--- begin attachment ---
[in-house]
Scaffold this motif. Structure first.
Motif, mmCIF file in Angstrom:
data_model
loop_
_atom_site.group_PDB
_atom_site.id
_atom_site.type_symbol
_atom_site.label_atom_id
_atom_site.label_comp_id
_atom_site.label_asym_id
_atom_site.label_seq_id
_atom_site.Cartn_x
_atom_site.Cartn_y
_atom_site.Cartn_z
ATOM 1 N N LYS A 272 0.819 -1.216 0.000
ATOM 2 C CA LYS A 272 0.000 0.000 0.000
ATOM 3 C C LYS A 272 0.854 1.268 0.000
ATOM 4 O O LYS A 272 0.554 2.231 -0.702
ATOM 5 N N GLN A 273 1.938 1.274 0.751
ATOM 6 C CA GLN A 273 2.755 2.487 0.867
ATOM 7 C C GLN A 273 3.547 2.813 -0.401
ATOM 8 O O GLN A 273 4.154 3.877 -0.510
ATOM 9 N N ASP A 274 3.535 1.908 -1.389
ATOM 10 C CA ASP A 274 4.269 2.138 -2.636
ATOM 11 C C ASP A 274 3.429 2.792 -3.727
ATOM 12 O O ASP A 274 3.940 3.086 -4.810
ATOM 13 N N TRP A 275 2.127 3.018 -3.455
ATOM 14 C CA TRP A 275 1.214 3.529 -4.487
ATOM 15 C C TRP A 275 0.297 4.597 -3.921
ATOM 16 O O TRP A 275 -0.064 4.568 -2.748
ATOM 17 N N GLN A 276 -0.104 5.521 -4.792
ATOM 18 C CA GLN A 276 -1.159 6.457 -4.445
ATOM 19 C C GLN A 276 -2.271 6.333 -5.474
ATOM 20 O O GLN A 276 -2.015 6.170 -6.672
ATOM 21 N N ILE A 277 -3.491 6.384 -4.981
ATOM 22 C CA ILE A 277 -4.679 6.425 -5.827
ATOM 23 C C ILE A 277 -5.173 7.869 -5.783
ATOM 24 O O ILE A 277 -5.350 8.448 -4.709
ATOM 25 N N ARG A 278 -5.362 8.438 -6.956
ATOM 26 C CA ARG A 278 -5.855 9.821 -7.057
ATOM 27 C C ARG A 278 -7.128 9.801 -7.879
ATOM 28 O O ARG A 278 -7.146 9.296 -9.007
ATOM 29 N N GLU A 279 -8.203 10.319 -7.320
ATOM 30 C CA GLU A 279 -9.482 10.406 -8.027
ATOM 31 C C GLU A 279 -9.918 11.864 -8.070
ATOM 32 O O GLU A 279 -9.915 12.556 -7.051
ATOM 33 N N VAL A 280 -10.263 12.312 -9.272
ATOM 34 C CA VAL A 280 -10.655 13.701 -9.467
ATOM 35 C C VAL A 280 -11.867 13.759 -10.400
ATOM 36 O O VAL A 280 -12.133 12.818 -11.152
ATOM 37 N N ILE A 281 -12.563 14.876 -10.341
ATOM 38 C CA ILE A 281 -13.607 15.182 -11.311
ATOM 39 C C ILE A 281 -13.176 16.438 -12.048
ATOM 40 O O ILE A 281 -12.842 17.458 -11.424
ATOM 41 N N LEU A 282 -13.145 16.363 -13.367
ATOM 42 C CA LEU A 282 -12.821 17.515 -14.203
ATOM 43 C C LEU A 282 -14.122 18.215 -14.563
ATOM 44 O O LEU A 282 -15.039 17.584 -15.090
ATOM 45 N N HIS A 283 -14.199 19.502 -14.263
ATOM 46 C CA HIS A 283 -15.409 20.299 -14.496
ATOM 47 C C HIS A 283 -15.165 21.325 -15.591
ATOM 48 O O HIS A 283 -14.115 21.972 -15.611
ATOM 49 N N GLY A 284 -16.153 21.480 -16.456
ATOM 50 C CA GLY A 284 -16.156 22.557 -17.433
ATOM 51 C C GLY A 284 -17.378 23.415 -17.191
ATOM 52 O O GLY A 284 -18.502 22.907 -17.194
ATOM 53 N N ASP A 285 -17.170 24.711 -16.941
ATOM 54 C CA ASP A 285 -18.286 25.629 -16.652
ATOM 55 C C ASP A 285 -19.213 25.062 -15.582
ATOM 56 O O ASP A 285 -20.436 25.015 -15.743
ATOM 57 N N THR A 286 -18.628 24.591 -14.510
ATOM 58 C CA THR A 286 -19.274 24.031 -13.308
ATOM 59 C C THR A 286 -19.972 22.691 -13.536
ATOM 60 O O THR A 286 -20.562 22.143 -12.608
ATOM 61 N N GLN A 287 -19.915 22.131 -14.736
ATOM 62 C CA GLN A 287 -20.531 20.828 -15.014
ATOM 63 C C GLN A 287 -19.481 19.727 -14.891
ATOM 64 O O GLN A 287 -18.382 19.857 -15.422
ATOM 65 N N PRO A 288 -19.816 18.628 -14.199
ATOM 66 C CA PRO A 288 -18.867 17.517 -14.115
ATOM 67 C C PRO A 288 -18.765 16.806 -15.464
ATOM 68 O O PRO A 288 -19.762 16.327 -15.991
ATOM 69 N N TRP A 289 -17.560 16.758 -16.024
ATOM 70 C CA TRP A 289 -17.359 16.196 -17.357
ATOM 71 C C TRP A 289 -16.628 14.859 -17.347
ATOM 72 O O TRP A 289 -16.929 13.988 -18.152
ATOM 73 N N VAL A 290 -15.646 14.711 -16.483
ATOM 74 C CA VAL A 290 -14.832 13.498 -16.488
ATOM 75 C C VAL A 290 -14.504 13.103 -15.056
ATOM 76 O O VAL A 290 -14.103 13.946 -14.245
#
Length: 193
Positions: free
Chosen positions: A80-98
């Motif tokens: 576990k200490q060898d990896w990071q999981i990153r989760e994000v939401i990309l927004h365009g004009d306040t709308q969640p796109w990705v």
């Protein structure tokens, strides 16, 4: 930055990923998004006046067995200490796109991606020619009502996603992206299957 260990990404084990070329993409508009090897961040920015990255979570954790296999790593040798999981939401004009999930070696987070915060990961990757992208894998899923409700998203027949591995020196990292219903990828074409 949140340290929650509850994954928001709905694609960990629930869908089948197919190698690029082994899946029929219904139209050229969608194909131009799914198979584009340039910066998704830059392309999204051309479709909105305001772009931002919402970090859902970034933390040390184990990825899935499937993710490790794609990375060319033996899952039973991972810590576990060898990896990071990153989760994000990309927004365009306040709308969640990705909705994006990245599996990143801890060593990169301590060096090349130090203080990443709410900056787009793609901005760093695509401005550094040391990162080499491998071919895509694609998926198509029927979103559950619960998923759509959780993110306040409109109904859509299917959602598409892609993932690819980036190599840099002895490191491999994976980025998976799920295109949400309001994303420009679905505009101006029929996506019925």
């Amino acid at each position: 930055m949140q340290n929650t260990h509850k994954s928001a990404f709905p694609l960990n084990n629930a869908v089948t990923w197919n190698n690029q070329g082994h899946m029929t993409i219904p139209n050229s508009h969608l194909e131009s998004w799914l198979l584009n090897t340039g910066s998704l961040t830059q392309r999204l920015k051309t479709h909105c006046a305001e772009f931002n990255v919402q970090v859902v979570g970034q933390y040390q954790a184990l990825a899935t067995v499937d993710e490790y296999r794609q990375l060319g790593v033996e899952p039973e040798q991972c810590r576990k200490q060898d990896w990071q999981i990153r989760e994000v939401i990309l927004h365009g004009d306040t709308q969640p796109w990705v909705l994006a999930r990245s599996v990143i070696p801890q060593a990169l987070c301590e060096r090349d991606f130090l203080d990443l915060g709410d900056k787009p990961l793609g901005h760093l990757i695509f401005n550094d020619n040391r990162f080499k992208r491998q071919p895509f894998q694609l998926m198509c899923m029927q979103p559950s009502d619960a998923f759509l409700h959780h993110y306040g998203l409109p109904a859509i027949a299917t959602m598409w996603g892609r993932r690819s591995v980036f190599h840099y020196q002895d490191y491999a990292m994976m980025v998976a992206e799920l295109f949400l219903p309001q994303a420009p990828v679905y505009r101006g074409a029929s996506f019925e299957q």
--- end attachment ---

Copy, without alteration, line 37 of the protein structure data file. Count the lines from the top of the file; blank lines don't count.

ATOM 22 C CA ILE A 277 -4.679 6.425 -5.827